EXECUTIVE SUMMARY

In India, cancer immunotherapy is in an “infantile stage” in 2020. The first evidence-based meeting on immuno-oncology was held in India on February 24, 2018. A special interest group was formed. at this meeting, and they adopted the “Mumbai Resolution,”, and established the Immuno-Oncology Society of India (I-OSI. This Society is dedicated to the academic pursuit and growth of this field in India.

The I-OSI was registered on November 2, 2018, and become the first legal entity in this regard in the country, with a view to promote and advance the scientific knowledge and research in immune-oncology. The Society serves as a platform to share, learn, and further advance understanding of immuno-oncology to help the ultimate beneficiary - the patients.

The executive members of I-OSI are eminent faculties who include:

  • President: Dr. Shubhada Chiplunkar (Former Director, Advanced Centre for Treatment Research &Education in Cancer [ACTREC], Tata Memorial Centre [TMC], Mumbai)

  • General Secretary: Dr. Jyoti Bajpai (Professor, Medical Oncology, TMC, Mumbai)

  • Vice President: Dr. Hemant Malhotra (Professor and Head of Department, Medical Oncology, Mahatma Gandhi Medical College Hospital, Jaipur)

  • Joint Secretary: Dr. Vivek Radhakrishnan (Senior Consultant, Haematology/Oncology, TMC, Kolkata)

  • Treasurer: Dr. Gaurav Narula (Professor, Medical Oncology, TMC, Mumbai)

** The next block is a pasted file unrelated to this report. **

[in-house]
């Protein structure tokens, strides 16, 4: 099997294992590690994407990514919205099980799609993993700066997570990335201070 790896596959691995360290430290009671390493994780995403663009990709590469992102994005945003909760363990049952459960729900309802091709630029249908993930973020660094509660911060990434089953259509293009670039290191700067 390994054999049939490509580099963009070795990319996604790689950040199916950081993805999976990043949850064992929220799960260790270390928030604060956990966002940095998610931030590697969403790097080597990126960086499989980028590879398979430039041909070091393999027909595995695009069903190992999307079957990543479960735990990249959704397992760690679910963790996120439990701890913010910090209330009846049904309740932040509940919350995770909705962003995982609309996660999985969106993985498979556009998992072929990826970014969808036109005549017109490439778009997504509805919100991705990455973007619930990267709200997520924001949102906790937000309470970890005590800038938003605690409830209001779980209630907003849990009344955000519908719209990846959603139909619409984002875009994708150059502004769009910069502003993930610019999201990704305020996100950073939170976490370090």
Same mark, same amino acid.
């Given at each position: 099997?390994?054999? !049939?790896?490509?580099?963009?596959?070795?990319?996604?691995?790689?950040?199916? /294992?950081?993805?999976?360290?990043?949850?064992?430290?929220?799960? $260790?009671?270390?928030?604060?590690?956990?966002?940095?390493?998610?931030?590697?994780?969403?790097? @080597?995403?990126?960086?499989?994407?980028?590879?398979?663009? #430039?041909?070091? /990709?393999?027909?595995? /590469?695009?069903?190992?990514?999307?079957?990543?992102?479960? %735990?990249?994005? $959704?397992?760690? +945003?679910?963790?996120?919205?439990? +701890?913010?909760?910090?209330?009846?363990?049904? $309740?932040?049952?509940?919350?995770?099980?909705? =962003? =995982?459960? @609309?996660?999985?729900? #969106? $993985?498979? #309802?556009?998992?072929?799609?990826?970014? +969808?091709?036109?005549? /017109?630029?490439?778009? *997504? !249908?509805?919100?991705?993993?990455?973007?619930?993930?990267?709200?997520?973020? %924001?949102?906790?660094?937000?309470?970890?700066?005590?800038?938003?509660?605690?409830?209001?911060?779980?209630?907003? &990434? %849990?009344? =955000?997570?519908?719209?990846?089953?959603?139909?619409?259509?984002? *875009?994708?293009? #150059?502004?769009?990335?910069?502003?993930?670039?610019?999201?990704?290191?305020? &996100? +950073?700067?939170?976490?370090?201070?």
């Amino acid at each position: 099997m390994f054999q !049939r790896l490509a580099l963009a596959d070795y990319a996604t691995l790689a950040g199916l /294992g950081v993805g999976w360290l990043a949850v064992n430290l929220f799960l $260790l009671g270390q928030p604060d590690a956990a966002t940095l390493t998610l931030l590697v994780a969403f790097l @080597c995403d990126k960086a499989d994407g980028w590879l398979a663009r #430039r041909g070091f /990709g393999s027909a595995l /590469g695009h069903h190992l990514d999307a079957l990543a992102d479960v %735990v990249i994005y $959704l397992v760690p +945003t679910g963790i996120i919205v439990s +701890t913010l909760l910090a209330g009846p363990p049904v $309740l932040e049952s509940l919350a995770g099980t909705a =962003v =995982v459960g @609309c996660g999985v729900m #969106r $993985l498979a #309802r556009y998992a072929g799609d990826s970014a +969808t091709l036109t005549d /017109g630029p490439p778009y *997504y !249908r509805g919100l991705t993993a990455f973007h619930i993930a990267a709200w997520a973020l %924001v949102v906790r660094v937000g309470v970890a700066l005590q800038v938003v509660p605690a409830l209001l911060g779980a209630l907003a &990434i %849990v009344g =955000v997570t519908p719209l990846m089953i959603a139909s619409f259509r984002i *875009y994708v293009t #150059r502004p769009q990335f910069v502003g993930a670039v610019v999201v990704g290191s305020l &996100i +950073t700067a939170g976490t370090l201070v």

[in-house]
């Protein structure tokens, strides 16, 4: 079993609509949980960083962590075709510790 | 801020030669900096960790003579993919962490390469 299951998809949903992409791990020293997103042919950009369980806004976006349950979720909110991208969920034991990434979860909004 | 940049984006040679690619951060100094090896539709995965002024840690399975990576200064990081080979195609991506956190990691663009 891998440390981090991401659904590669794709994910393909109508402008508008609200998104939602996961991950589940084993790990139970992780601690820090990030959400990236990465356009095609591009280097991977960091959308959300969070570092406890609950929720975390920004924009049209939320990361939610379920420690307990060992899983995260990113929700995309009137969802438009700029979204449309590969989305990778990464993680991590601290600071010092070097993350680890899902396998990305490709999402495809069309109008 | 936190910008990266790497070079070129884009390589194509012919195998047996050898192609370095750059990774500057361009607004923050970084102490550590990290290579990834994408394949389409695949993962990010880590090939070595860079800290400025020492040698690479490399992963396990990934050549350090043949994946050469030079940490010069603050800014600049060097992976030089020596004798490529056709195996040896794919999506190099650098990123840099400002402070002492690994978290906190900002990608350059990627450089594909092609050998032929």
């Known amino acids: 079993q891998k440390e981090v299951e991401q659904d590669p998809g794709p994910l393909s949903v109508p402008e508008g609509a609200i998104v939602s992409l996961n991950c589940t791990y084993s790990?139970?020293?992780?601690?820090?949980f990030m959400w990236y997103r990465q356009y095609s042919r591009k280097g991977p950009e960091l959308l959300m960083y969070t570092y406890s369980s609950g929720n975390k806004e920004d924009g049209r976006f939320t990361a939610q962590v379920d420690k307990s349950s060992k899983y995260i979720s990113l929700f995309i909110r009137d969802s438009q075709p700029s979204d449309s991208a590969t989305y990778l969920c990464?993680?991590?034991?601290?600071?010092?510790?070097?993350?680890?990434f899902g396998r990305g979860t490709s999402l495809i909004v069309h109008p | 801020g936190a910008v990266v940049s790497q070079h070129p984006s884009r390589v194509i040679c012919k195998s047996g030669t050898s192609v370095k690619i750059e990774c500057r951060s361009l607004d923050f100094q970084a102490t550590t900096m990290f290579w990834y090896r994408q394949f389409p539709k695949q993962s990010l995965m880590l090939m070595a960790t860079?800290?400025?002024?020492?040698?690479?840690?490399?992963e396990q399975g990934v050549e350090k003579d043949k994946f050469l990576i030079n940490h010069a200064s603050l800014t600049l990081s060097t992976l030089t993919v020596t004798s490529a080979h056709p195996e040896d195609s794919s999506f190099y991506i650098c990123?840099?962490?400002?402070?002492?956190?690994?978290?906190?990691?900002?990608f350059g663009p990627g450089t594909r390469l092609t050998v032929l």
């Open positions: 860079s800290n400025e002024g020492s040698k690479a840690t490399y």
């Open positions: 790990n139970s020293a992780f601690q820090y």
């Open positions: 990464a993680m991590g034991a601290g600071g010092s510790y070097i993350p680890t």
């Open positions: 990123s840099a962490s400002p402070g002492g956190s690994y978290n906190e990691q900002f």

Other executive members include Drs. SD Banavali (Professor, Medical Oncology, TMC, Mumbai), BK Smruti (Senior Medical Oncologist, Lilavati/Bombay Hospital), Vikram Matthews (Professor, CMC Vellore), Reena Nair(Senior Consultant, Tata Medical Centre TMC, Kolkata), Atul Sharma (Professor, AIIMS, New Delhi), Rakesh Jalali (Medical Director, Apollo Proton Centre, Chennai), Kumar Prabhash (Professor, TMC, Mumbai), Senthil Rajappa (Medical Oncologist, Basavatharakam Indo American Cancer Hospital, Hyderabad), Moni Abraham Kuriakose (Cochin Cancer Research Centre [CCRC], Ernakulum), Amit Awasthi (Associate Professor, Translation Health Science and Technology Institute, Faridabad-Gurgaon), Girdhari Lal (PhD, Scientist, Pune), and Rahul Purvar (Assistant Professor, IIT, Bombay).

India, like other low-middle income countries with its huge cancer burden and limited infrastructure, is in dire need of newer advances that can rapidly be taken through trials and brought to our patients at affordable costs. In an effort to make it possible, the clinical and scientific community from across diverse fields with an interest in the interplay of immunology and oncology gathered during 2nd I-OSI Conference (I-OSICON 2020) to focus their knowledge, skills, and energies on this emerging field. The conference provided an international platform for discussion of present and future challenges in immuno-oncology. National and international faculties presented cutting edge and practical techniques based on evidence and ongoing research. The conference theme was “Immuno-Oncology towards 2021: Reboot, Resolve & Evolve.” The conference was held on a virtual platform over a period of 3 days from October 30-November 1, 2020.

There were discussions on all disciplines of oncology, immunology research, industry regulations, and expert opinions from subject matter experts. Experts discussed role of immunotherapy in different cancer primaries, immunotherapy related toxicities and its management, cancer vaccines, various immunotherapy combinations, resistance mechanisms, evidence-based immunotherapy, Chimeric antigen receptor (CAR) T cell production, the optimal management with immunotherapy in rare situations, and finally, practical applications in an Indian context.